20 RA SP/Main/87/64: James to Clementina, 29 October/9 November 1725; 'Votre conduite en vers moi les menaces qui m'ont ete faites et lout rage publique de votre retraite dans un convent ne me touchent pas tant que le mal heur et la honte aux quels vous allez vous exposer, par une si etrange n'ai aucun ressentiment contre vous car je suis a chaque moment plus convaincu que la malice et la finesse de nos Ennemis en ont imposes a votre jeunesse et a la foi blesse de votre sexe, vous avez deu etre persuadee il y a long tems, que je veux etre le Maitre dans mes affaires et dans ma famille.' Original text. This quote is from the first letter published in 'The Memorial'.

21 [Anon], Dublin Journal, lxvix, 18 December 1725.

22 See for example: [Anon], London Journal, cccxxxviii, 15 January 1726.

23 RA SP/Main/87/81: James to Prince James Sobieski, 5/16 November 1725; 'La Reine m'a quittee hier, pour se retirer dans un Convent, sans m'avoir jamais donner des raisons pour une le etrange et publique demarche... Mon chere Pere, que Je la plains de tout Coeur, et que Je suis moins sensible a linjure attroce et publique qu'elle m'a faite, qu' au dishonneur et matheur dans lesquelles Elle s'est laifice precipiter par nos Enemis communs.'

24 RA SP/Main/87/82: James to Elizabeth Farnese, Queen of Spain, 5/16 November 1725; '... della strana et incrediblo resoluzione pigliata dalla Regina mia moglie di ritirani in un convento'.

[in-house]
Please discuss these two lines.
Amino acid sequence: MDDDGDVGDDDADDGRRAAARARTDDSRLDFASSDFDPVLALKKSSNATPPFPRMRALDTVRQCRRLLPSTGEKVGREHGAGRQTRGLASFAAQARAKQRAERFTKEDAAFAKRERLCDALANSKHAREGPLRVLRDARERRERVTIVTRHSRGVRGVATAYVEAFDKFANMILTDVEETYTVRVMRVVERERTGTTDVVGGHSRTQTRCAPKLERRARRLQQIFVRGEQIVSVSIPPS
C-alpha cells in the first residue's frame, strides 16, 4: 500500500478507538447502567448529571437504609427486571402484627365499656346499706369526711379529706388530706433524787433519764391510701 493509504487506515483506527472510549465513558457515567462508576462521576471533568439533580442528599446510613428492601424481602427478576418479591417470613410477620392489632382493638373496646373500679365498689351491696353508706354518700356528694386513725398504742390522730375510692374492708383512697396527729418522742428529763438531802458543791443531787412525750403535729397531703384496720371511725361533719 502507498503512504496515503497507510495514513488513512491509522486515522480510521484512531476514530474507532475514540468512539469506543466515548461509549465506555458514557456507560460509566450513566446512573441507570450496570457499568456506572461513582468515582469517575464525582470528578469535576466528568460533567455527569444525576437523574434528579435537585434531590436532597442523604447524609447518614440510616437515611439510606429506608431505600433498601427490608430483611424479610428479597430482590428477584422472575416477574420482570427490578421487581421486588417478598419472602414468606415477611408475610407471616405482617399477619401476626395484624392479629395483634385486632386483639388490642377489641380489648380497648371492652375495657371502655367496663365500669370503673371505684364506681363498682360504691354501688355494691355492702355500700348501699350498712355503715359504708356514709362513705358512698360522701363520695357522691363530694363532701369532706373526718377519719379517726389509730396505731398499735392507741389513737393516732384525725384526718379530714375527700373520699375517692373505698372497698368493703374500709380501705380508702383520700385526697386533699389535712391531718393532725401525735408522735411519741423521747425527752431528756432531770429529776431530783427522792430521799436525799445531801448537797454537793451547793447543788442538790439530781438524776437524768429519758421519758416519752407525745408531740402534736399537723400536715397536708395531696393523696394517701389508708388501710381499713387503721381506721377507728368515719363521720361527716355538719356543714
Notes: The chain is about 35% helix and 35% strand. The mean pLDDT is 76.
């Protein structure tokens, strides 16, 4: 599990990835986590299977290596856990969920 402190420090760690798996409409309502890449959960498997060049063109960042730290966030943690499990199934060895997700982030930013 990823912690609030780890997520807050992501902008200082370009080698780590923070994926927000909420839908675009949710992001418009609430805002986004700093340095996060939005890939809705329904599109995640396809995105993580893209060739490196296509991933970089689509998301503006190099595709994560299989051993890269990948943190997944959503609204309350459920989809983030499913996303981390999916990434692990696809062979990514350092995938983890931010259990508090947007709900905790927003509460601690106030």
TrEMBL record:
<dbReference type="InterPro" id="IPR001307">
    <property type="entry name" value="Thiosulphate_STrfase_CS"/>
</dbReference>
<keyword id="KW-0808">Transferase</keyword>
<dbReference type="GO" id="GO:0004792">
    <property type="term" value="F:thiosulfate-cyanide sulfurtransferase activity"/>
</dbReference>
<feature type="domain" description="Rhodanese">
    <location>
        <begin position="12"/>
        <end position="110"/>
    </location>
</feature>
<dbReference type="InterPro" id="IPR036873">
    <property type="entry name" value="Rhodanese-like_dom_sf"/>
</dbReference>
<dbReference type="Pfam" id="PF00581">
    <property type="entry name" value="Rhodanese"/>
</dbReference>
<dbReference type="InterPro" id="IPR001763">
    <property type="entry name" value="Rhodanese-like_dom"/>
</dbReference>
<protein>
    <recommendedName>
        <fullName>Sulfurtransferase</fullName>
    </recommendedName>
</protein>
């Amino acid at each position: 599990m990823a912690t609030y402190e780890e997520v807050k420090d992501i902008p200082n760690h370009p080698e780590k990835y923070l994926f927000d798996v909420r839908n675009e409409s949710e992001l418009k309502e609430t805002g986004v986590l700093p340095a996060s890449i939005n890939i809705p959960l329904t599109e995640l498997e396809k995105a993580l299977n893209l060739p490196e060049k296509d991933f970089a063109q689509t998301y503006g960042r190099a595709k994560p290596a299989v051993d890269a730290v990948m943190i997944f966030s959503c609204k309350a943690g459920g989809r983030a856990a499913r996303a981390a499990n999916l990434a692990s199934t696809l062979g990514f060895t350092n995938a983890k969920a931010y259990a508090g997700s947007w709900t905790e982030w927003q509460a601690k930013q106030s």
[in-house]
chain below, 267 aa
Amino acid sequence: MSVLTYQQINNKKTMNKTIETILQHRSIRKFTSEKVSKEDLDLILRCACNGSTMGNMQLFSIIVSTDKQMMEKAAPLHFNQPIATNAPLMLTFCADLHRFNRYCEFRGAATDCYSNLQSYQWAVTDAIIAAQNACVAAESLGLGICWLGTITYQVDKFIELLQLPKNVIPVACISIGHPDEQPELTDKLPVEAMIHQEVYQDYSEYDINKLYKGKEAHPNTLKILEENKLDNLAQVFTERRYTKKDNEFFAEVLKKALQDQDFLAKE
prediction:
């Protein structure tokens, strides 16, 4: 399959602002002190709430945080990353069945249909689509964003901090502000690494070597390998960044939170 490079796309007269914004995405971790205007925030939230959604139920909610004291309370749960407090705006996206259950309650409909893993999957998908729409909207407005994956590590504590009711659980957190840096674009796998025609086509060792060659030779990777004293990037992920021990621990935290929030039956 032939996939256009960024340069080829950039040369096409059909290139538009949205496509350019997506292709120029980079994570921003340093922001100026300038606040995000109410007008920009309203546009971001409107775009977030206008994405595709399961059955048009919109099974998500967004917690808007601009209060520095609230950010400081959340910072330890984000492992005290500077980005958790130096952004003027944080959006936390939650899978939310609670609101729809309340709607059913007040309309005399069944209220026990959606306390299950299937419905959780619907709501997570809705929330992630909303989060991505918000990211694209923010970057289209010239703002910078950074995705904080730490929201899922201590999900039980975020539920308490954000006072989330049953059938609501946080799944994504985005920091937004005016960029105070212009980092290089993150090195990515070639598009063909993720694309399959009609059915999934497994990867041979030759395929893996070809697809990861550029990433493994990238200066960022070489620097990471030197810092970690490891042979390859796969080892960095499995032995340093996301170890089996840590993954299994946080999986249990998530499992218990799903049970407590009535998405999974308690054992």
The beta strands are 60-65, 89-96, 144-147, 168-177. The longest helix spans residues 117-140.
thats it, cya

25 RA SP/Main/87/88, 89, 91.

26 Neil Guthrie, 'The Memorial of the Chevalier de St. George (1726): Ambiguity and Intrigue in the Jacobite Propaganda War', The Review of English Studies, 55 (2004) 560; RA SP/Main/87/64.

27 Frank McLynn, Bonnie Prince Charlie: Prince Charles Edward Stuart (London, 2003), pp. 12-14; Guthrie, 'The Memorial', pp. 556, 562, quoting George Lockhart of Carnwath: Anthony Aufrere (ed.), The Lockhart Papers (2 vols, London, 1817), ii. 260.

28 RA SP/Main/87/91

29 RA SP/Main/91/62, 63, 64.

30 Guthrie, 'The Memorial', p. 561.

31 Neil Guthrie gives a detailed argument regarding the evidence of the potential role of both the Jacobite court and Hanoverian government supporters in the publication of this pamphlet, and its ultimate purpose.

32 [Anon] London Journal, cccxxxix, 22 January 1726.

33 A detailed analysis of the pamphlet can be found in Neil Guthrie's article, 'The Memorial'.

34 Markuszewska, 'the Marital Vicissitudes of Maria Klementyna Sobieska Stuart', pp. 173-4.

35 RA SP/Main/97/53: Clementina to James, 7/18 September 1726; 'Je vous supplie de parcourir toutes les lettres que Je vous ai ecrite avant et apres ma retrait, et vous écrirez quels sont les motifs et les raisons que m'ont forces ame retirer dans un Convento; Vous souvienderez aussi, sire, que Je vous les ai dit de bouche, et que Je vous les ai fait dire par plus lettres'.

36 RA SP/Main/87/81.

37 RA SP/Main/105/161, 106/40, 108/19; Corp, Stuarts in Italy, pp. 188-93.

38 RA SP/Main/107/114, 108/76, 114/116; Corp, Stuarts in Italy, pp. 220, 240.

39 RA SP/Main/177/75.

40 RA SP/Main/87/64, 97/53, 106/112.

41 RA SP/Main/146/122, 176/66.

42 RA SP/Main/63/139, 65/53.

43 RA SP/Main/127/112, 128/95.

44 RA SP/Main/41/112.

45 Andrew Lang, Prince Charles Edward Stuart. The Young Chevalier (London, 1903).

46 See for example: RA SP/Main/107/38, 68.

CITATION: Gillespie, A.R.: "Maria Clementina, the Unrealised Queen." State Papers Online: The Stuart and Cumberland Papers from the Royal Archives, Windsor Castle, Cengage Learning (EMEA) Ltd, 2018